I repeat, it is not about the destruction of the West, it is about its self-destruction. This slow, but powerful process is not a consequence of an external shock, pressure, threat. It has, of course, not fallen from the sky. We are convinced that it is a self-made, self-imposed, self-inflicted injury. It has not been imported from the East or the South. It has not been imposed on us from somewhere. Neither is it the outcome of a diabolical plan of a group of crazy conspirators who want to destroy the world as we know it.
This process seems to be the consequence of an endogenous mechanism. It is the outcome of an evolutionary process based both on ideologies and interests (as always in human history). The Western society has been intentionally getting rid of its basic pillars which were the source of its success and prosperity in the past.
Individual freedom and free markets have become disgraced. No one is defending them. Because of the strength of currently dominant ideologies, their defense is considered politically incorrect, more or less reactionary. To advocate them, as I recently tried at a major international conference, is not welcome, even though many participants congratulated me – silently, ex-post – for having the courage to raise these issues. Some of us were used to live in such a world for a very long time. It asked for courage and resolution to express criticism of the official ideology in the communist era. I must say that we didn´t expect to return to something similar to that so quickly.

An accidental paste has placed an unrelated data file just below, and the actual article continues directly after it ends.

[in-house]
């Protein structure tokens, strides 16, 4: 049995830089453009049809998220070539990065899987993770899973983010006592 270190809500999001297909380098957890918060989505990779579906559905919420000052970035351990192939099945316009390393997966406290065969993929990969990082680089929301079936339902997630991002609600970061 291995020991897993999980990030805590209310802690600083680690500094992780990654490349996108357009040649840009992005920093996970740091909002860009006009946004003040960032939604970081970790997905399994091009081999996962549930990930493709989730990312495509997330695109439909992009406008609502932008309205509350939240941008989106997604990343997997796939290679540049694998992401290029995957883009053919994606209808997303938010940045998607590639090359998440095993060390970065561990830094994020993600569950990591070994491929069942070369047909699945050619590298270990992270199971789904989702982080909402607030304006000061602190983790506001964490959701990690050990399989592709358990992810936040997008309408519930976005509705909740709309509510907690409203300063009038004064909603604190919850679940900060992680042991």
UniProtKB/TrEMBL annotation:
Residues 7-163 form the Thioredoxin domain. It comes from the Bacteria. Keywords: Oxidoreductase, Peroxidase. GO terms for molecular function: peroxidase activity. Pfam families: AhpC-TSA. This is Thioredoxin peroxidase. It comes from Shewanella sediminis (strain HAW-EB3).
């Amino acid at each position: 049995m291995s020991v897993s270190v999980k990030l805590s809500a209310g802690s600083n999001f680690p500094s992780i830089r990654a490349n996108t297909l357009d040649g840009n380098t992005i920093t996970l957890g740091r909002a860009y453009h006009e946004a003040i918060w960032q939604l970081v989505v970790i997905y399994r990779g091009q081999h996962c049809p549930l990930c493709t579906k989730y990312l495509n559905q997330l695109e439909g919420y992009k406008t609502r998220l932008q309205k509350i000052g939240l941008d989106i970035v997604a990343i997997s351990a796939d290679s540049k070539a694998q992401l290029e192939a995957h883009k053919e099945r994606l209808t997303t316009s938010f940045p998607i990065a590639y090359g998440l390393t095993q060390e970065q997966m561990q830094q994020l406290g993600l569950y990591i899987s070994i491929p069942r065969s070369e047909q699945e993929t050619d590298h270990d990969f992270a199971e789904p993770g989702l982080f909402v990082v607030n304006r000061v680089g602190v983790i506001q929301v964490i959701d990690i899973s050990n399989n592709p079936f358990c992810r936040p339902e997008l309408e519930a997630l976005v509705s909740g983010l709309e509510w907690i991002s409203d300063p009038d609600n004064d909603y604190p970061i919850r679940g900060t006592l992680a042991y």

The new ideologies of aggressive environmentalism, multiculturalism, genderism, NGOism or in the field of economics of such a nonsense as the extreme version of post-Keynesianism called the new monetary theory have been promoted, heralded and, consequently, more or less smoothly accepted as a new orthodoxy. This is beyond my understanding.